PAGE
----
In Kilgore, the plaintiffs brought a class action alleging UCL violations. The
district court declined to enforce arbitration agreements between the plaintiffs and
defendants. The Ninth Circuit Court of Appeals reversed, finding that the Broughton-
Cruz rule was preempted by the FAA. The court held that “the very nature of federal
preemption requires that state law bend to conflicting federal law—no matter the purpose
of the state law. It is not possible for a state legislature to avoid preemption simply
because it intends to do so. The analysis of whether a particular statute precludes waiver
of the right to a judicial forum—and thus whether that statutory claim falls outside the
FAA‟s reach—applies only to federal, not state, statutes.” (2012 U.S. App. LEXIS 4736
at p. *33.) The court observed that some members of the United States Supreme Court
had expressed the view that section 2 of the FAA should be interpreted in a manner that
would not prevent states from prohibiting arbitration on public policy grounds, but that
view did not prevail. (2012 U.S. App. LEXIS 4736, at p. *34.) “We read the Supreme
Court‟s decisions on FAA preemption to mean that, other than the savings clause, the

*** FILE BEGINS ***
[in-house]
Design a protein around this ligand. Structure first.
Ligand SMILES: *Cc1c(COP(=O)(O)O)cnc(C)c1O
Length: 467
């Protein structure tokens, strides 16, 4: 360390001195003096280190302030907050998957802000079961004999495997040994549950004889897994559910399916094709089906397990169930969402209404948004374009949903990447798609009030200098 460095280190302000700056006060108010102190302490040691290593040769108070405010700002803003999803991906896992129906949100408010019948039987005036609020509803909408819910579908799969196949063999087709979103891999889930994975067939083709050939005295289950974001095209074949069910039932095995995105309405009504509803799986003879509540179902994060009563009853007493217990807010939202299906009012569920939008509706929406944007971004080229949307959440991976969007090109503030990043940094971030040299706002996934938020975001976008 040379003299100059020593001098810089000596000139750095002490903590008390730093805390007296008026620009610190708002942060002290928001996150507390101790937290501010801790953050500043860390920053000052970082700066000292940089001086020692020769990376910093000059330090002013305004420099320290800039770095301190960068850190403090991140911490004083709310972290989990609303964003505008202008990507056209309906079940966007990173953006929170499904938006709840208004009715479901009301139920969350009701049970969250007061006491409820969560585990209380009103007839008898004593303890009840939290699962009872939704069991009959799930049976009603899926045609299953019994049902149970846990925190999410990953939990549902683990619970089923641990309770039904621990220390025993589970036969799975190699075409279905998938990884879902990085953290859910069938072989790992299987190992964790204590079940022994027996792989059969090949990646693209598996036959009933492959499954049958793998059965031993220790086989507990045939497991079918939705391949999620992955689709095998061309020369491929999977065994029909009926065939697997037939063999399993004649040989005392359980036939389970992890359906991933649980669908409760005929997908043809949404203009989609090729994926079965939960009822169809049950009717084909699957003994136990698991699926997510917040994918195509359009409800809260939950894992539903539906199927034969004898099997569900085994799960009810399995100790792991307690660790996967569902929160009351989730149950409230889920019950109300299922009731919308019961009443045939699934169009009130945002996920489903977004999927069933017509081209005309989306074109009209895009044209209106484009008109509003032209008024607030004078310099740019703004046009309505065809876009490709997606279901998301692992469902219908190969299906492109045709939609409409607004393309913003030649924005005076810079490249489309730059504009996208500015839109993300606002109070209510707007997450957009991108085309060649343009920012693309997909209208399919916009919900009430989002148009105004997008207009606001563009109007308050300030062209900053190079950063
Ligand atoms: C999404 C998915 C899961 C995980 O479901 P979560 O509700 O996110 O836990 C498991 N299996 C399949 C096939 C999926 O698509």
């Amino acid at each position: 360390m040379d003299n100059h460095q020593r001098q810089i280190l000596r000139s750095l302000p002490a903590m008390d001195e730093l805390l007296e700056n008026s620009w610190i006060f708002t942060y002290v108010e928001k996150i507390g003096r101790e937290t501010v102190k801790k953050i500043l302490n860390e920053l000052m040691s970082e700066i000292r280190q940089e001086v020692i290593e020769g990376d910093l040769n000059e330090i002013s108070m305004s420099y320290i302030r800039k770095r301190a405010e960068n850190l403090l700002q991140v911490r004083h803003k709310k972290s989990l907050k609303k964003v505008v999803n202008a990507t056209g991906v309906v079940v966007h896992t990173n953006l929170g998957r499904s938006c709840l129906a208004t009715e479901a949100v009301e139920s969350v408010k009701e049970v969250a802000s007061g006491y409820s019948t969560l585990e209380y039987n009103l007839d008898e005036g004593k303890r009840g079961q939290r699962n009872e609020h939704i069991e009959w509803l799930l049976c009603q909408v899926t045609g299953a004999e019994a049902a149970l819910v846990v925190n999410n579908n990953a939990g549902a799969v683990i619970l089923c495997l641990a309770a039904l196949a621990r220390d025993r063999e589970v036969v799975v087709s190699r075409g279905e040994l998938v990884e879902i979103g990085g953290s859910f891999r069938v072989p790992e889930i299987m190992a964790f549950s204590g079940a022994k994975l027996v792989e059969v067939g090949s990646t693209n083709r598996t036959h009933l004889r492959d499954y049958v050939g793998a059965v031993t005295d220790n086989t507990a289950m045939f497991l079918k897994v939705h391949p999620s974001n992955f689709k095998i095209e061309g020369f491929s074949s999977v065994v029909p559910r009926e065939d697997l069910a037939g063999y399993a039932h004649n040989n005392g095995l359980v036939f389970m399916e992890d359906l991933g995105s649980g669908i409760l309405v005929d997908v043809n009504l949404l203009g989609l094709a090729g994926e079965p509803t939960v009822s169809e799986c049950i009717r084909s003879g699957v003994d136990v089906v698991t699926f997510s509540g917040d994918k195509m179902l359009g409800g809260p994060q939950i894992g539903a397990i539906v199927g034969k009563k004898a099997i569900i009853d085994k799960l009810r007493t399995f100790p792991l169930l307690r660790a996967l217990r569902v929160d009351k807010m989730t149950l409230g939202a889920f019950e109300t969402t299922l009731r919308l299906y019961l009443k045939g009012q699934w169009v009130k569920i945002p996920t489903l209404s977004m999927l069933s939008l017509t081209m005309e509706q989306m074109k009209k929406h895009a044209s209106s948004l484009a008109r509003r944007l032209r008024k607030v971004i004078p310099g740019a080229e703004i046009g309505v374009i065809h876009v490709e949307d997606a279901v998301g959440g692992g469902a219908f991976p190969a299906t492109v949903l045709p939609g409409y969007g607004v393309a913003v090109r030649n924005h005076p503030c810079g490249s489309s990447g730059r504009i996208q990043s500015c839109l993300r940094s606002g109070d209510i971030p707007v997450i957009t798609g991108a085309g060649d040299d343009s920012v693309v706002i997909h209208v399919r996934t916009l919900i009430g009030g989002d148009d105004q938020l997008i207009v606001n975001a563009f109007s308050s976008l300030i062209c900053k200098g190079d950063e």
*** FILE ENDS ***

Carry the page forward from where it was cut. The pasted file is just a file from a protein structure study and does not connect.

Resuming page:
only way a particular statutory claim can be held inarbitrable is if Congress intended to
keep that federal claim out of arbitration proceedings . . . .” (2012 U.S. App. LEXIS
4736,. at pp. *34-*35.)
This reasoning is directly applicable here. Following Concepcion, the public
policy reasons underpinning the PAGA do not allow a court to disregard a binding
arbitration agreement. The FAA preempts any attempt by a court or state legislature to
insulate a particular type of claim from arbitration.
Therefore, giving effect to the terms of the arbitration agreement here, Iskanian
may not pursue representative claims against CLS. The law prohibiting such claims
applies to both Iskanian‟s PAGA claims6 and his UCL claim.7
VI. The trial court’s finding of no waiver.